Glute training is an increasingly popular addition to strength training programs and ‘glute activation’ is often talked about in training.
The most common schools of thought on muscle activation are to either “squeeze” something when you perform a movement or perform another exercise before the main movement.
The problem with these methods is that they don’t guarantee you’ll get more glute activation in your squat, and there’s no way of telling whether the method has actually worked.
Fortunately there is another way…
A true functional approach to glute activation looks at the movement as it happens, observes how the individual performs the squat and then predicts muscle activation from the movement itself.
To understand how this works we need to look at the squat from a movement perspective.
How Movement Works In The Squat
The first thing that happens in the squat is that we make a concious decision to squat.
Our body will then select the skill of squatting, which is a skill we will know from training.
Next a pre-movement muscle contraction sequence will happen to prepare for the squat – think bracing.
The next thing that happens is that muscles that are holding us up (eg quads) will relax to allow gravity to drive us down into the squat.
Then, based on our technique, our bones will move causing joints to feel movement and muscles will be stretched across those joints.
As our muscles lengthen across joints they become eccentrically loaded and therefore able to contribute to the deceleration of the squat and then contribute to the opposite movement – getting out of the squat.
So how the bones move dictates which muscles are lengthened and therefore which muscles will help us get out of the squat.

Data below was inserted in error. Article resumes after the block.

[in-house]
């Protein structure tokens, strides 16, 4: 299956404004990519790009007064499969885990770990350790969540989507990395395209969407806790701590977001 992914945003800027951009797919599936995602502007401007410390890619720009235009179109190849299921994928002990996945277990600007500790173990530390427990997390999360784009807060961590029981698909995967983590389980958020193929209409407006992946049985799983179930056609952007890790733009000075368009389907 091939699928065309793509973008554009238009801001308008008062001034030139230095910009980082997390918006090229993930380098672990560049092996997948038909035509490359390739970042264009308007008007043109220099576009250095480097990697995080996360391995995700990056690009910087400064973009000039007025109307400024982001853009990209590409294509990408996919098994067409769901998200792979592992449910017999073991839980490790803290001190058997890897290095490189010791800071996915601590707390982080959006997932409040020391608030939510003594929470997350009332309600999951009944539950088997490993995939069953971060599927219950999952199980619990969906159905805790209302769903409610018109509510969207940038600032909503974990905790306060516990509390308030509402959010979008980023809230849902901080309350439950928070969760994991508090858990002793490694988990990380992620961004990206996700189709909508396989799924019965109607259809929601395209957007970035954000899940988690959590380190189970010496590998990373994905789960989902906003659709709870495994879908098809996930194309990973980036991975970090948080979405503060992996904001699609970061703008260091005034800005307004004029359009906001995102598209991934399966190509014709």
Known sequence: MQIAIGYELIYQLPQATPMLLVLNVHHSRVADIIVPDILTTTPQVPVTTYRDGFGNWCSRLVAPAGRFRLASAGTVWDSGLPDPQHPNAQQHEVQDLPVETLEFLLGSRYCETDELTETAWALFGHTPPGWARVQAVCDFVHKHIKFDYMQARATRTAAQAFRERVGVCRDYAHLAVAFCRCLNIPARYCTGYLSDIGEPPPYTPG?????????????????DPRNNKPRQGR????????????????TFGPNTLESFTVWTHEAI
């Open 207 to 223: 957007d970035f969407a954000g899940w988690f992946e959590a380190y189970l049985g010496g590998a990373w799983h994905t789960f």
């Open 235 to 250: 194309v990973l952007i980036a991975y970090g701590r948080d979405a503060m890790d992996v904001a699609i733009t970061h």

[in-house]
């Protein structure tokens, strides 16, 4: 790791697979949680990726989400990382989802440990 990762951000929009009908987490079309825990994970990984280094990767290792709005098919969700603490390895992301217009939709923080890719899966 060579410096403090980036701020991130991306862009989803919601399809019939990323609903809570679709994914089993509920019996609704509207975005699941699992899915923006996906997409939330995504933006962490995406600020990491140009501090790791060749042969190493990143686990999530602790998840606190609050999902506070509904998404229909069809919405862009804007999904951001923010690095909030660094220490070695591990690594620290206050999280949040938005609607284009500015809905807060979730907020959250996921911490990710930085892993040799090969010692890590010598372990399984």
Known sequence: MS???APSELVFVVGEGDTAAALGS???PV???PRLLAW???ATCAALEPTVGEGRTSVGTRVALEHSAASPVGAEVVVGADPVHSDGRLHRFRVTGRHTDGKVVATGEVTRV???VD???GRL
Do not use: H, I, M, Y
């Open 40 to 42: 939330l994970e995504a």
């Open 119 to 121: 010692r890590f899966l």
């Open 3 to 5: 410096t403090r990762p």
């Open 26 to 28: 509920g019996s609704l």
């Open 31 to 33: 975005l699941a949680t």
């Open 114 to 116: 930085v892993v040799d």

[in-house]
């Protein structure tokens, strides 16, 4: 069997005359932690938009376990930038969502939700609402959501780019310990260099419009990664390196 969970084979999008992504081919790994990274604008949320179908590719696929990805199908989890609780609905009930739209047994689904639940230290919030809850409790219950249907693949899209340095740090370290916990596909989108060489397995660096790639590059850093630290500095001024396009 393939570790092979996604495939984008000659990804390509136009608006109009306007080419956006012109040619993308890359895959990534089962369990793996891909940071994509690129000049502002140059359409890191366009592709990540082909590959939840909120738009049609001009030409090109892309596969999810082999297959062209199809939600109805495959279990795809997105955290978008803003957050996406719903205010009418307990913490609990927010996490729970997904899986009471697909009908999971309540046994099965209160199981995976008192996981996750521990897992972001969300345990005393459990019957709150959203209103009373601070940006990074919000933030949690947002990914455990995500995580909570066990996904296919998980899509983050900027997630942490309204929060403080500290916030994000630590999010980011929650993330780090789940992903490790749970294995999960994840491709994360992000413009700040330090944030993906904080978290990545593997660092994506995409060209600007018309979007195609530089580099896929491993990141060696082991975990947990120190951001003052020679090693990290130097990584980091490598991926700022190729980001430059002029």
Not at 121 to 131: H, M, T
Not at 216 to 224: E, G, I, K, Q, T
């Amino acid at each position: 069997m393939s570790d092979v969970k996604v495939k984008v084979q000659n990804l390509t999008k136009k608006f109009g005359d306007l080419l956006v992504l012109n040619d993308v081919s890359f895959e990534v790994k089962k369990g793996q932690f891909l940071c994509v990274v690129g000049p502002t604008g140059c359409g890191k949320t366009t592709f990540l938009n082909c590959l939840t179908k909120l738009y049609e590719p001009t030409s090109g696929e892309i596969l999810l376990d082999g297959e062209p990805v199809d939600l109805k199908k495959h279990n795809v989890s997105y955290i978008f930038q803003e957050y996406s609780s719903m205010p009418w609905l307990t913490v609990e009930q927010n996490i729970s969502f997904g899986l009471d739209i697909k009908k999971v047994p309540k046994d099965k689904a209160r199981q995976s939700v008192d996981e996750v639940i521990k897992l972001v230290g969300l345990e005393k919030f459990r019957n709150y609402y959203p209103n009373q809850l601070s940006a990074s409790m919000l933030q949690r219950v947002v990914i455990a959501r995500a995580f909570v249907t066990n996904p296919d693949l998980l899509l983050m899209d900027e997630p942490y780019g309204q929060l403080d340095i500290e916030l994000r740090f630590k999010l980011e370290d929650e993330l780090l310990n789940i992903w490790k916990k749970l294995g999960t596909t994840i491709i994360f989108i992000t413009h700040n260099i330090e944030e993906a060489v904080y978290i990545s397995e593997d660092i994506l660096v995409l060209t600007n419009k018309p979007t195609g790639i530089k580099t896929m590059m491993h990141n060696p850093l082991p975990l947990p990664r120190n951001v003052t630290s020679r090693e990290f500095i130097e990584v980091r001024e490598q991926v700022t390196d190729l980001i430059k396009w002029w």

Hitting The Glutes In The Squat
If we take this thought process and apply it to glutes, we know that glutes respond to hip flexion, adduction and internal rotation as this is the position in which they are lengthened the most.
In the squat hip flexion is driven by gravity, and we feel a squeeze at the front of our hip.
As we descend in the squat our hips will abduct (legs move apart, knees out) and sometimes externally rotate too. This is usually down to technique and is a popular technique to find range in the squat.
However, as we get closer to the bottom of the squat the knees will move inward slightly and the femur will also rotate inward, creating hip internal rotation and adduction, grabbing your glute.
This is all down to the movement of the foot and ankle at the bottom of the squat, and it’s this movement that triggers the adduction and internal rotation at the hip that is vital for optimally hitting the glutes.
Ankle Movement In The Squat
Ankle movement is an important part of the squat, especially when it comes to glute activation.
At some point in your squat your ankles will probably evert (fall in) and it’s the timing of this movement that’s important for glute activation. If you evert early at the ankle in the squat you probably wont be hitting your glutes as well as you could. If you don’t really evert at the ankle at all in your squat, you’re probably not getting your glutes as much as you could either.
Ankle eversion should happen at the bottom of the squat at the point where power is needed, and this ankle motion is usually followed by an internal rotation of the tiba and femur.
If this sequence is correct your glutes will be in a good position to fire and will therefore be more likely to contribute to your squat.
Learn More About Movement Analysis
Clearly there’s a great amount of detail in movement analysis and optimising the squat for maximum glute activation, but the bottom line is that if you want to get more glute in your squat you need to focus on how you’re performing the movement and look at the movement of the hips, knees and ankles in relation to each other and the bar.
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